We now feel like fully fledged parents and we know that our sons are 100% ours – regardless of being born to others, but in those early days the ghosts of their birth parents were always with us as indeed were those of the established (and oh so accomplished) foster parents where the boys spent almost three years.

We felt we could never really compete with the history of either of those and that we possibly never would. We felt we were somehow just ‘standing in’ – not their real parents at all.

Looking back now, it seems unthinkable that we doubted our role. Amazingly from day one the boys simply knew us as their new parents, and of course they fully relied on us as their parents – as we were the ones putting clothes on the back, food on the table and a roof over their heads. It may well have taken a little while for them to emotionally attach, but I don’t feel that got in the way of their understanding of our role in their lives right from the very start.

They were open to us nurturing them every step of the way, we were their security, we were the one’s putting them first and reassuring them that we would always be here for them and that we would be protecting them no matter what.

So regardless of how fraudulent we felt and regardless of the fact that it took time for our sons to fully attach to us, in their eyes we were the real thing right from the very start.

Reassurance, reassurance reassurance.

‘That’s the name of the game in the early days. Reassurance.’ said the social worker on the phone. ‘Just reassure him that everything will be ok. As much a you possibly can.’
The nice reassuring lady was the social worker on call. Not our assessing social worker, nor my son’s social worker. Just the one around in the week after our son moved in.
It was August. London was wonderful calm, and the weather was good. A perfect time to start a family. If ever there was one. I was nervous, scared and happy. And many, many other things.
Reassure we did. Him as much as ourselves. Every time he cried. Or even might cry. At the very sight of a lower lip starting to wobble.
‘Oh, darling. It’s ok. It’s ok.’
I’d rush to him and pick him up. Gently bobbing him on my hip. Hushing him, Shsshing him.
‘There, there. It’s ok. Everything is going to be ok.’
In truth I think I was a little scared of his tears.
As the weeks turned into months, I felt reassured myself that I could settle him. That he would let me. That my bosom was a place of safety and comfort. I put pride in being able to stop his tears. Only… he was a quick learner. He read me. I could stop his tears quickly, because that’s what I wanted.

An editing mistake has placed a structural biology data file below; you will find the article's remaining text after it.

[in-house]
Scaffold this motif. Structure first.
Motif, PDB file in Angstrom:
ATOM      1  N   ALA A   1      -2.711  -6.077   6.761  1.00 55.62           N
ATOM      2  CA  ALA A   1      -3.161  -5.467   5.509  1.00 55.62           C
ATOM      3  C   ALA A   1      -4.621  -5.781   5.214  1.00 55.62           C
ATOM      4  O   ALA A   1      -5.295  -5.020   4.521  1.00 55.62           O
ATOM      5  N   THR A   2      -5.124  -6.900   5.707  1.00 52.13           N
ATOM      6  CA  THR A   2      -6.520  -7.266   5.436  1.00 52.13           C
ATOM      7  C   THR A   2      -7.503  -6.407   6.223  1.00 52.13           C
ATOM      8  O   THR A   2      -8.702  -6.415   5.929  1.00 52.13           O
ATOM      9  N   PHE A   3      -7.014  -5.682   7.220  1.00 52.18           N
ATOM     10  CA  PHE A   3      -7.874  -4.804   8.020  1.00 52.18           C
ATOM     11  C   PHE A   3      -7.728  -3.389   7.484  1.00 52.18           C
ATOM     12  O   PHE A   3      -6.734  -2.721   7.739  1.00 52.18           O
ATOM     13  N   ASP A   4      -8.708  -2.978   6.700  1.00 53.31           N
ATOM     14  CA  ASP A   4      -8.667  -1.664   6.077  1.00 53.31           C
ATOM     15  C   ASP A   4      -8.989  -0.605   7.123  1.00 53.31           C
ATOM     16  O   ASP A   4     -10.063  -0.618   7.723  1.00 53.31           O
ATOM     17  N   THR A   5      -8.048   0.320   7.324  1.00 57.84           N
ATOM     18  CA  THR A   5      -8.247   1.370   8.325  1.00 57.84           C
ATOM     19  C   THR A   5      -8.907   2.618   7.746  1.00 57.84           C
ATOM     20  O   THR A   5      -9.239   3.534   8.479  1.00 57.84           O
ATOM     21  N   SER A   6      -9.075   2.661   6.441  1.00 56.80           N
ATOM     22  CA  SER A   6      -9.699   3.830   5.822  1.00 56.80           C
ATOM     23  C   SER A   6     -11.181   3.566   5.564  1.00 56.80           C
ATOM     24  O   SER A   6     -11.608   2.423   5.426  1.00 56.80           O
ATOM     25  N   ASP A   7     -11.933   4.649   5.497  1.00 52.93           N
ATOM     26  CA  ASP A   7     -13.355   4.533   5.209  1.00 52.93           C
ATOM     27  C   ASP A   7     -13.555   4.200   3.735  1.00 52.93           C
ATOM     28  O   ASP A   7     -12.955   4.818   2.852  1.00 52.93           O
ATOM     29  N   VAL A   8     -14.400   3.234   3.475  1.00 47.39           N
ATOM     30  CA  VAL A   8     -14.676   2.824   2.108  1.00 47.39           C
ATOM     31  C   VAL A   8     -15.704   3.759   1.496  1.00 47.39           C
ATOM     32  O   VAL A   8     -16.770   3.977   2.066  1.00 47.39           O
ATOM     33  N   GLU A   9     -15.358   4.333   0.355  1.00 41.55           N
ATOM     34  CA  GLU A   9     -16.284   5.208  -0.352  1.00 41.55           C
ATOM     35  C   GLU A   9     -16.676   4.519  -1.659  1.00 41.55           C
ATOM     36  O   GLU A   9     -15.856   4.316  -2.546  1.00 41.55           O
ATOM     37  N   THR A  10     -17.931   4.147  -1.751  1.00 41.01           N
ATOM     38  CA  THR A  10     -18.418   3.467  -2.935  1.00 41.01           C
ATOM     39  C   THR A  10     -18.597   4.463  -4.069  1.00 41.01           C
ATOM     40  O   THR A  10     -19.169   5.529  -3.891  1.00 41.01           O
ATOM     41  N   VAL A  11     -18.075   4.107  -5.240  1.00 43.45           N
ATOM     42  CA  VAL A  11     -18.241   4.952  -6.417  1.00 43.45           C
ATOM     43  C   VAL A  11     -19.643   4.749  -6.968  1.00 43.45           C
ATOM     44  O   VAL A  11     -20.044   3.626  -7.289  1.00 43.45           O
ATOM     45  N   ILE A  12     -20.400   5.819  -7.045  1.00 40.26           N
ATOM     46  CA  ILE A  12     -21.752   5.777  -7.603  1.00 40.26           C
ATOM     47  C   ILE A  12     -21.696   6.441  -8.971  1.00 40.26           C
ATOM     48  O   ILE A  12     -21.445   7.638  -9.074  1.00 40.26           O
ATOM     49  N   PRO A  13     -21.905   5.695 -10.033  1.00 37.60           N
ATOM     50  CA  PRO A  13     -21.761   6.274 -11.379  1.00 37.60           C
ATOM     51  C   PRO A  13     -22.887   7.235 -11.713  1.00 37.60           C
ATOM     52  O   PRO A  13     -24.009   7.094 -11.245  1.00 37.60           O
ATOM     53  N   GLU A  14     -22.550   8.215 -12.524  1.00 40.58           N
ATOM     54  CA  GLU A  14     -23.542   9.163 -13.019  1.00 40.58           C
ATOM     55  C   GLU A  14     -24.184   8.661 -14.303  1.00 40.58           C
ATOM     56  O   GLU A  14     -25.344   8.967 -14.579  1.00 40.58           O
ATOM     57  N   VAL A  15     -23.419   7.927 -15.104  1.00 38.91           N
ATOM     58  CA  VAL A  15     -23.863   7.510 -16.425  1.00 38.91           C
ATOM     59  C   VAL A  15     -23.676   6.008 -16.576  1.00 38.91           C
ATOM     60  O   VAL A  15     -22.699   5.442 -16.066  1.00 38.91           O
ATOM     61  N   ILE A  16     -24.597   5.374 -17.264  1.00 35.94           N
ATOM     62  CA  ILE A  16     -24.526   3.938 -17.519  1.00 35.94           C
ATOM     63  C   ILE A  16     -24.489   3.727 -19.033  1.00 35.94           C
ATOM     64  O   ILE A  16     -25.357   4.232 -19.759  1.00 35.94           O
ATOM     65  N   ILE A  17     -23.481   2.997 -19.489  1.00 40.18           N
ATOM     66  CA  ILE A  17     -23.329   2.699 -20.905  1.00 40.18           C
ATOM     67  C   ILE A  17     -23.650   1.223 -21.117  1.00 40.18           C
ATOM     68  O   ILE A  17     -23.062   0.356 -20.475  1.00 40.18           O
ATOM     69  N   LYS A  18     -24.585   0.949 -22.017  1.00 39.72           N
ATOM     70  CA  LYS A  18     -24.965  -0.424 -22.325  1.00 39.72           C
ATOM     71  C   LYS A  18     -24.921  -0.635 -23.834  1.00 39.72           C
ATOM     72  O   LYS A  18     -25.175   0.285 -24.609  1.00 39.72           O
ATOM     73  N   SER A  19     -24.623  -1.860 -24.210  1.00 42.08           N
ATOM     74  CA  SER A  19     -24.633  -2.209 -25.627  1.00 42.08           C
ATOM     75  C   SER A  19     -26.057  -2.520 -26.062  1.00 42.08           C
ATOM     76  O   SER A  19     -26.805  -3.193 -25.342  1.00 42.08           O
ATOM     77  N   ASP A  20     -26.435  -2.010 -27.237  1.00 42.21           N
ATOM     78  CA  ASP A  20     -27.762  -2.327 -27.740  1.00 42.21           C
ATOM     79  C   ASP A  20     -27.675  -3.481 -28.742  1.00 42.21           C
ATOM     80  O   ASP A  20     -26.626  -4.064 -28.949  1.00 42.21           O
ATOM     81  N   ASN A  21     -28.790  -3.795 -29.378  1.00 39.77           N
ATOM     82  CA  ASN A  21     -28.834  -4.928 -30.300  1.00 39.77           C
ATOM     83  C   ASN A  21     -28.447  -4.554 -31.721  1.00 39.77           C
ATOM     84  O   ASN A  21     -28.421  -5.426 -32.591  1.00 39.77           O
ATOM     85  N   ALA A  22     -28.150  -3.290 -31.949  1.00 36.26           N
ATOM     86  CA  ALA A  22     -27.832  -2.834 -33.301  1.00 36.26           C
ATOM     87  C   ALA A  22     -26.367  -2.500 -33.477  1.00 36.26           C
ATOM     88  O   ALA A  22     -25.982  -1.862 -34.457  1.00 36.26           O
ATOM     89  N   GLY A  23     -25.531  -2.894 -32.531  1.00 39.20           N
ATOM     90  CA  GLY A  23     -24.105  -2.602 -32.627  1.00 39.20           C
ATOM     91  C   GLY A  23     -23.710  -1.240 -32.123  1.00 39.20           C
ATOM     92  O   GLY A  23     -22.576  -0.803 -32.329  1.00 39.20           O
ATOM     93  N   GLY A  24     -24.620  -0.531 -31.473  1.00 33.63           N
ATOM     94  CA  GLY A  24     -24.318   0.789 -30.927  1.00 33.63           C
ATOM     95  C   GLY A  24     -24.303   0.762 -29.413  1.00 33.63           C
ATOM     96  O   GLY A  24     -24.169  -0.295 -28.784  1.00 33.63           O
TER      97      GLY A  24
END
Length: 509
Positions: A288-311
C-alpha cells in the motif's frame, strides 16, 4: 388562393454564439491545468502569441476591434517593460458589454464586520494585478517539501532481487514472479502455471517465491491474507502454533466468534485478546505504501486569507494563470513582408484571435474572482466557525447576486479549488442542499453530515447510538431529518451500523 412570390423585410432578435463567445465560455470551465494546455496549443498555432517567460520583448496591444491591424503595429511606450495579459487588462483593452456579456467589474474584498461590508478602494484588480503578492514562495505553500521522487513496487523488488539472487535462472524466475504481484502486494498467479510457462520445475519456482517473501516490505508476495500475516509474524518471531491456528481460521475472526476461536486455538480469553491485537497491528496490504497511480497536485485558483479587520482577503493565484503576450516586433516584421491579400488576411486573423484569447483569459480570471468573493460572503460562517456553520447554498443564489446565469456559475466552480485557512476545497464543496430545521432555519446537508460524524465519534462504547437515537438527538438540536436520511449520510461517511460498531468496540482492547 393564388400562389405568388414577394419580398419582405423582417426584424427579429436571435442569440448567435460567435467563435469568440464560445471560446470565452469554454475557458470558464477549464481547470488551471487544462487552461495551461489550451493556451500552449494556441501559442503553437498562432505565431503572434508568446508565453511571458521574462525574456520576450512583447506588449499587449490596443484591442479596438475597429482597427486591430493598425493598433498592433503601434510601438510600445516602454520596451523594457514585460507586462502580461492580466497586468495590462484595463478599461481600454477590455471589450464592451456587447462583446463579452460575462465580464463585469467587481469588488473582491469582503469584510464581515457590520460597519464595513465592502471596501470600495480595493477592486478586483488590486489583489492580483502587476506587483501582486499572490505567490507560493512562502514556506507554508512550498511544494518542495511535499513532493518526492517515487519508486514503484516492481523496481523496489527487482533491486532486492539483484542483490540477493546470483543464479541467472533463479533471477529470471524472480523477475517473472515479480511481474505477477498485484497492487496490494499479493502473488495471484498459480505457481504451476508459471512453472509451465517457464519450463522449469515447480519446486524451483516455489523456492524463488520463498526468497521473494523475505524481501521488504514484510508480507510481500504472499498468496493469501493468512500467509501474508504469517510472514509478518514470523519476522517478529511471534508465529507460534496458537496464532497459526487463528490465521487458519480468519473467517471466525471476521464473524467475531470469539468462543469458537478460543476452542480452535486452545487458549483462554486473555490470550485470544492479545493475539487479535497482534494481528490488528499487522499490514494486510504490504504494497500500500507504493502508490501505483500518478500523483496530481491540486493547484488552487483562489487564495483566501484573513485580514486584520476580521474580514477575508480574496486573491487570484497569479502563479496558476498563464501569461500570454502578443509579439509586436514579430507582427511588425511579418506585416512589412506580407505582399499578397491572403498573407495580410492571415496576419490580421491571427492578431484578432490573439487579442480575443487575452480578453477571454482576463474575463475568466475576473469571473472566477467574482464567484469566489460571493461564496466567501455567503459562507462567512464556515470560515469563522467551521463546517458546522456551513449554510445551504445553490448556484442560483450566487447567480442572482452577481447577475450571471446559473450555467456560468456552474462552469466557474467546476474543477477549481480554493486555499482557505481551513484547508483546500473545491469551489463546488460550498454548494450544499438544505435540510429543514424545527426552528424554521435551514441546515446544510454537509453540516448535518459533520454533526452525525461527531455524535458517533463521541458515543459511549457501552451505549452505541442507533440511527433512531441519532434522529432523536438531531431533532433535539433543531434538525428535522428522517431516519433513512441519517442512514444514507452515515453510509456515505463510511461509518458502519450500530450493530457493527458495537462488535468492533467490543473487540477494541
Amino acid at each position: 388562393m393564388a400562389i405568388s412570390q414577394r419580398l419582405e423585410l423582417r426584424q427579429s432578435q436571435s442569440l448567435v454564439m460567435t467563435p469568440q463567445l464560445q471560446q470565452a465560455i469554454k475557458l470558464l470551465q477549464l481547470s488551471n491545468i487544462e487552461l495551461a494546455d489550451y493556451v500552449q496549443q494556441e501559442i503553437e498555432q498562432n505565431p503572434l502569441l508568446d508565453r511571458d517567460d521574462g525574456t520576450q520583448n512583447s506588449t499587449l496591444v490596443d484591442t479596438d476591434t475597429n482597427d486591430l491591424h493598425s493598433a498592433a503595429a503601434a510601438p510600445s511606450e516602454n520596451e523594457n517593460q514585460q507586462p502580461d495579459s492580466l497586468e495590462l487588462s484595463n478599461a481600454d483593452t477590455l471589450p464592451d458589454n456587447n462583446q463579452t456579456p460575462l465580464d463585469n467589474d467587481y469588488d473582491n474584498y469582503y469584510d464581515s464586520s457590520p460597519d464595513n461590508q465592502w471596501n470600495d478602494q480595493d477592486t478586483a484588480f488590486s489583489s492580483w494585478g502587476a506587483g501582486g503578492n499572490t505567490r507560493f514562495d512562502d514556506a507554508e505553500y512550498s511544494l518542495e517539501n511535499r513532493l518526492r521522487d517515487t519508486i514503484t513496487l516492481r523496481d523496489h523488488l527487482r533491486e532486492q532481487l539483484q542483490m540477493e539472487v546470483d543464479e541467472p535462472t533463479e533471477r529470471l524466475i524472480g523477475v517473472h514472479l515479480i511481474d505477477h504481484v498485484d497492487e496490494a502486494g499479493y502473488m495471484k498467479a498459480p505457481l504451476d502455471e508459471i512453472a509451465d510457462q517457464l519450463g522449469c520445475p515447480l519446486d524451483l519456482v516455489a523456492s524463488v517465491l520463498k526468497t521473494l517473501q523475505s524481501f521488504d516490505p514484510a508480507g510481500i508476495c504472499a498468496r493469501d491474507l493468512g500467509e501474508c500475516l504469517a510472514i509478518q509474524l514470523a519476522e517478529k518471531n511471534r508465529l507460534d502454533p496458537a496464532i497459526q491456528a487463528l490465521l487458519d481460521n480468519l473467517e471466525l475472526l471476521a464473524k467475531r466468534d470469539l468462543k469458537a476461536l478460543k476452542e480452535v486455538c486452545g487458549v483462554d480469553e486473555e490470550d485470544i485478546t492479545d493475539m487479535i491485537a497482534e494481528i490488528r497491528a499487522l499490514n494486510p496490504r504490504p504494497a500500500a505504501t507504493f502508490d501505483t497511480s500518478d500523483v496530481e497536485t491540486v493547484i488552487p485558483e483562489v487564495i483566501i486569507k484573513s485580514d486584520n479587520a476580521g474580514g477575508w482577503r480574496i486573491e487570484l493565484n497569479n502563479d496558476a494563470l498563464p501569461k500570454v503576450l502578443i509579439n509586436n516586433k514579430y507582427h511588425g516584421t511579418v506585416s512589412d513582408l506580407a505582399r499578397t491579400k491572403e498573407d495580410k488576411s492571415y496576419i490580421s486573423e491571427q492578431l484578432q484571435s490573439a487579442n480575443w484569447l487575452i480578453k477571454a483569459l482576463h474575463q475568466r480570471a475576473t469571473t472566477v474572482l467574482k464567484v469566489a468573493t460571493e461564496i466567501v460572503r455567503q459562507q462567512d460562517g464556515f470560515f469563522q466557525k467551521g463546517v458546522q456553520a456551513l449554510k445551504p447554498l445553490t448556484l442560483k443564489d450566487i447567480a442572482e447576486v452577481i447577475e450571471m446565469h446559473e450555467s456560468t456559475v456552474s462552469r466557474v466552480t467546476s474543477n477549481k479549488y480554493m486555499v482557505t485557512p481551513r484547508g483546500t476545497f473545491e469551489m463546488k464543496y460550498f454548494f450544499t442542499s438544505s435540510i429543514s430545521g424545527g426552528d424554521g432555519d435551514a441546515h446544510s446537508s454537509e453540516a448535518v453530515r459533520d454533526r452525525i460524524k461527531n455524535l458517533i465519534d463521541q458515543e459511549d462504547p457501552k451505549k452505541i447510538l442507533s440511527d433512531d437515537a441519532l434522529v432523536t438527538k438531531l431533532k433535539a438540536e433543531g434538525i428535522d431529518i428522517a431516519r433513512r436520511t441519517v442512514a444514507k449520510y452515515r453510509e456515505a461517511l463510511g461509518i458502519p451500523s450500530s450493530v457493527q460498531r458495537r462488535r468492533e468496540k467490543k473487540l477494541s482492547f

Except that one night…. when three hours after we had successfully put him down for the night, he woke up crying. This time, neither I nor my husband could settle him. He cried for a solid three and a half hours. Solidly. Ebbs and flow but tears throughout. Sometimes sobbing, sometime just silent tears, sometimes loud and angry. Wailing, screaming, sobbing. Snot and tears running into one around his O-shaped mouth.
We call the NHS helpline, and as we could find no outwards sign of illness or pain, we got rushed through the system, and at 2am we drove to the hospital, where they had made us an emergency appoint. We were all in distress.
The tears stopped the moment we activated the entrance doors at the hospital. The glass doors slid to the sides, and we stepped through, holding a silent and mesmerised baby. They gave him a bit of paracetamol and we left. He fell a sleep on the way home and we transferred him to his cot without him waking. For the first time since he moved in six weeks earlier he slept for more than 90mins in one stretch.
I have never been in doubt that this outburst was existential. That was the episode when it finally dawned on him that this was it: he understood he was going to be staying with us. Foster family gone. Replaced by smiling middle-aged amateurs.
I now also believe that’s where the tears that I has so successfully stopped for weeks flooded out. I hadn’t left him much space for waterworks. So he kept it in – most of the time.
Over time I slowly learned to accept his screams and tears. To gently squeeze him like a lemon till he was all cried dry. Letting him how that it is ok to cry and let it all out. Till he was done crying. Not when I was done listening. I brace myself, and stick it out. Because the return is so wonderful. It is like torrential rain followed by sunshine. And the sunshine lasts if he is allowed to let it ALL out. It is simply the most effective, and quickest way for him to shed whatever is really bothering him. All he needs from me is me being there. And staying there till the storm has passed.
I’m no longer so sure that what he needed was reassurance, as much as acknowledgment (something I needed too). Acknowledgment that it was a scary and crazy period for us all. And that there was huge loss involved.
I’m no longer a fan of reassurance. All it is saying is ‘I can’t deal with how you are feeling right now. I want you to go to normal.’